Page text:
Just as a typical calendar has four seasons, twelve months, fifty-two weeks, and 365 days that include holidays, solemn days, commemorative days, and days that are just "average," the Liturgical Year Calendar of the Church uses similar terms and measurements.
The Liturgical Year is also marked by special seasons—Advent, Christmas, Lent, The Triduum or Three Days, Easter, and Ordinary Time. The Liturgical Year begins on the first Sunday of Advent, which usually occurs around the beginning of December or the end of November, and ends on the feast of Christ the King.
However, the purpose of the Liturgical Year Calendar is not to mark the passage of time, but to celebrate and understand more fully the entire mystery of Jesus Christ, from his incarnation and birth until his ascension, the day of Pentecost, and the expectation of his return in glory. During the course of a year, the paschal mystery—the passion, death, resurrection, and ascension of Jesus—is viewed from different angles, in different lights.
The Liturgical Year Calendar first tells us what readings the Church has designated to be used for each day. Then it names the special feasts and commemorations celebrated during each season.
The order of the year is as follows:
Advent marks the beginning of the liturgical year. We celebrate this season for four weeks leading up to Christmas. We use this season to reflect of Jesus’ coming to us in the flesh and to prepare ourselves for His coming again.
We celebrate the coming of Christ in the flesh (or the Incarnation) for a few weeks. It begins on Christmas Eve (Dec 24) and continues through a portion of January when we celebrate His baptism.
The Lenten season begins on Ash Wednesday and continues until the first Mass of the Triduum (Holy Thursday). This is a 40-day* season of penance, fasting and almsgiving, modeled to us by Jesus Himself. Before His baptism and public ministry began, He retreated into the desert for 40 days of fasting and prayer.
*Sundays are excluded from the Lenten season.
During Lent, Catholics in the United States abstain from meat on Ash Wednesday and on all the Fridays of Lent. They fast on Ash Wednesday and Good Friday.
To abstain from meat on Ash Wednesday and all the Fridays of Lent means to not eat meat on those days. It does not intend the omission of eggs or dairy products.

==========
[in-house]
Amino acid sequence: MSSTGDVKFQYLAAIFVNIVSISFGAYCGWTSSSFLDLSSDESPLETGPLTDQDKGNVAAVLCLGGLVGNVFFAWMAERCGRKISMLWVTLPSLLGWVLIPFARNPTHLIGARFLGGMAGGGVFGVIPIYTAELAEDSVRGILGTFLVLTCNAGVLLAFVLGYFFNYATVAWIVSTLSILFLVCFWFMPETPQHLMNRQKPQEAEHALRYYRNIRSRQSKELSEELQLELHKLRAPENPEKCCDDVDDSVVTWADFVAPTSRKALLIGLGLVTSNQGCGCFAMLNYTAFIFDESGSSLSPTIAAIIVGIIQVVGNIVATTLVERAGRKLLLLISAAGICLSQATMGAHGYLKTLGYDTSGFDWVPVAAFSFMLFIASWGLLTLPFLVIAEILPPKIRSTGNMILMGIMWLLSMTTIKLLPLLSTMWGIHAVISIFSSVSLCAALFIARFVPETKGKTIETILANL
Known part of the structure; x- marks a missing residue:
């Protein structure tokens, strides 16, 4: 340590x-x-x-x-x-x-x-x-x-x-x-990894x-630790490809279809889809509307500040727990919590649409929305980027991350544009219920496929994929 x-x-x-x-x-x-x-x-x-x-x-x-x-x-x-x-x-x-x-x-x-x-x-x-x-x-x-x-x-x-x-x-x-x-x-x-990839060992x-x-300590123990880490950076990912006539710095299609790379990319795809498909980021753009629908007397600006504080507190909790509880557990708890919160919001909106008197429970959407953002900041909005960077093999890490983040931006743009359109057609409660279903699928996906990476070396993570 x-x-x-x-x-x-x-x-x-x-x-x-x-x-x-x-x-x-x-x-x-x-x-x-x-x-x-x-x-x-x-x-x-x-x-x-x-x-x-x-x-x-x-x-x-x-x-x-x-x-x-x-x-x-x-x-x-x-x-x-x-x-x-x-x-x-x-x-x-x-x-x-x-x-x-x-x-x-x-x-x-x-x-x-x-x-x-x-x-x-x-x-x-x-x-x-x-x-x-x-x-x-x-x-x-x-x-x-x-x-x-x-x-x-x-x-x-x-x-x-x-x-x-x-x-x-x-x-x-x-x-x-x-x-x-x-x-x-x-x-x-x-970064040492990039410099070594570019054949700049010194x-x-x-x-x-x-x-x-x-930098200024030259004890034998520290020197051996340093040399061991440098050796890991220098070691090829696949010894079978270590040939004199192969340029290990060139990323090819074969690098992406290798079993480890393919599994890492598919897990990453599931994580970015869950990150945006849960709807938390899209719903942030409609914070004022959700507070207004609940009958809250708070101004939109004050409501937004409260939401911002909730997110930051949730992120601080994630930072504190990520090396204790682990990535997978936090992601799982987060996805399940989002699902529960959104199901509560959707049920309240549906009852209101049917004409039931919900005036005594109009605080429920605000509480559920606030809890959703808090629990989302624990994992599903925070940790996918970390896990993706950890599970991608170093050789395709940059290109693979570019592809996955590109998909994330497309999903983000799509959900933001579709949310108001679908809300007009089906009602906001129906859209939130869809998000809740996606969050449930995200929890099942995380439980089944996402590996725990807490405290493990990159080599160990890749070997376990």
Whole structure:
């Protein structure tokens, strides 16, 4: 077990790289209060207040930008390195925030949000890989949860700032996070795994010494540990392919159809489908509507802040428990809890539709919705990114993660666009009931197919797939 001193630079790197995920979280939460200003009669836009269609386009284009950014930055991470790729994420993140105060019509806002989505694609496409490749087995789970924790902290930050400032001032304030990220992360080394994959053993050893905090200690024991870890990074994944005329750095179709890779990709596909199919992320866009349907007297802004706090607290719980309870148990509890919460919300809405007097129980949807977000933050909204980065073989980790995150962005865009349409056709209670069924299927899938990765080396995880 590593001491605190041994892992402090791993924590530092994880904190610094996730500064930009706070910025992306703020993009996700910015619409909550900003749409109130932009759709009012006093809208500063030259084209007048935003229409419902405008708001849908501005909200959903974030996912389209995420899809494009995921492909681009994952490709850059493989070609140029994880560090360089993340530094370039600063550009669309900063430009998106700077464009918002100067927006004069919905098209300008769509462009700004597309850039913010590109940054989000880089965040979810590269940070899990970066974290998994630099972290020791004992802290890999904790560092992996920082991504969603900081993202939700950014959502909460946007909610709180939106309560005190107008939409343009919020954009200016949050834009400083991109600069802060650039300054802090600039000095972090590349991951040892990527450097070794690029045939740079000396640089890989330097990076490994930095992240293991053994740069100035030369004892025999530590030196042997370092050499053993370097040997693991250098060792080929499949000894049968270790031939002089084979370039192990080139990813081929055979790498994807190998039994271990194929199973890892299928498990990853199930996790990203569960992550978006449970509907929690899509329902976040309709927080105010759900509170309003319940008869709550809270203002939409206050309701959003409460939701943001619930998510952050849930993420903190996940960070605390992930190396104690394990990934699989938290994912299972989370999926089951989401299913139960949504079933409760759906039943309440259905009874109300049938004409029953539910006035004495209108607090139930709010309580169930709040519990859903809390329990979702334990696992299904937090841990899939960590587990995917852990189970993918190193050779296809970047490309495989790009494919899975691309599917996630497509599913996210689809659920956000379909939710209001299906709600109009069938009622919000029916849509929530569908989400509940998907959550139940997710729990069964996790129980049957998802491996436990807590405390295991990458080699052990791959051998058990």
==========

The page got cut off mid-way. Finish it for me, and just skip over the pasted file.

The required fast on Ash Wednesday and Good Friday involves eating only one full meal on those days. One or two smaller meals may be taken on those days, but may not total one full meal. The required fast does not allow eating anything between meals.
"All Catholics who have completed their fourteenth year are bound by the law of abstinence; all adults are bound by the law of fast up to the beginning of their sixtieth year.
Nevertheless, pastors and parents are to see to it that minors who are not bound by the law of fast and abstinence are educated in an authentic sense of penance."
– Code of Canon Law, #1252
Holy Week (Triduum)
The Triduum (three days) leading up to Easter are the most important three days in the liturgical calendar. They begin with Holy Thursday where we celebrate the institution of the Eucharist at the Last Supper. Good Friday commemorates the passion and death of Jesus. We mark this with a solemn service and increased fasting and prayer. The Easter Vigil takes place on Holy Saturday night. It is a when new members of the Church receive the sacraments for the first time and are initiated and welcomed into the Church
The Easter season celebrates Christ’s resurrection and victory over death. We celebrate this season for around 50 days (depending on the calendar year). It ends with the celebration of Pentecost, where the Holy Spirit descended upon the apostles and they went out to spread the Gospel and the ministry of the Church to all nations.
This is the season when we reflect upon the mission Jesus has given to us all. We reflect upon His teachings and example and pray that we may enter into that mission to share the gospel. We celebrate many various feasts throughout this time. Ordinary time ends with the Solemnity of Christ the King, which ends the liturgical year and sends us into Advent.
During the year, in addition to the obligatory Sunday worship, the Church also celebrates Solemnities, Feasts and Memorials, which may be on any day of the week. Some of these are considered Holy Days of Obligation where all Catholics are obliged to come together to celebrate Mass. Others are days that commemorate special events or persons that are highly revered in the tradition and history of the Church.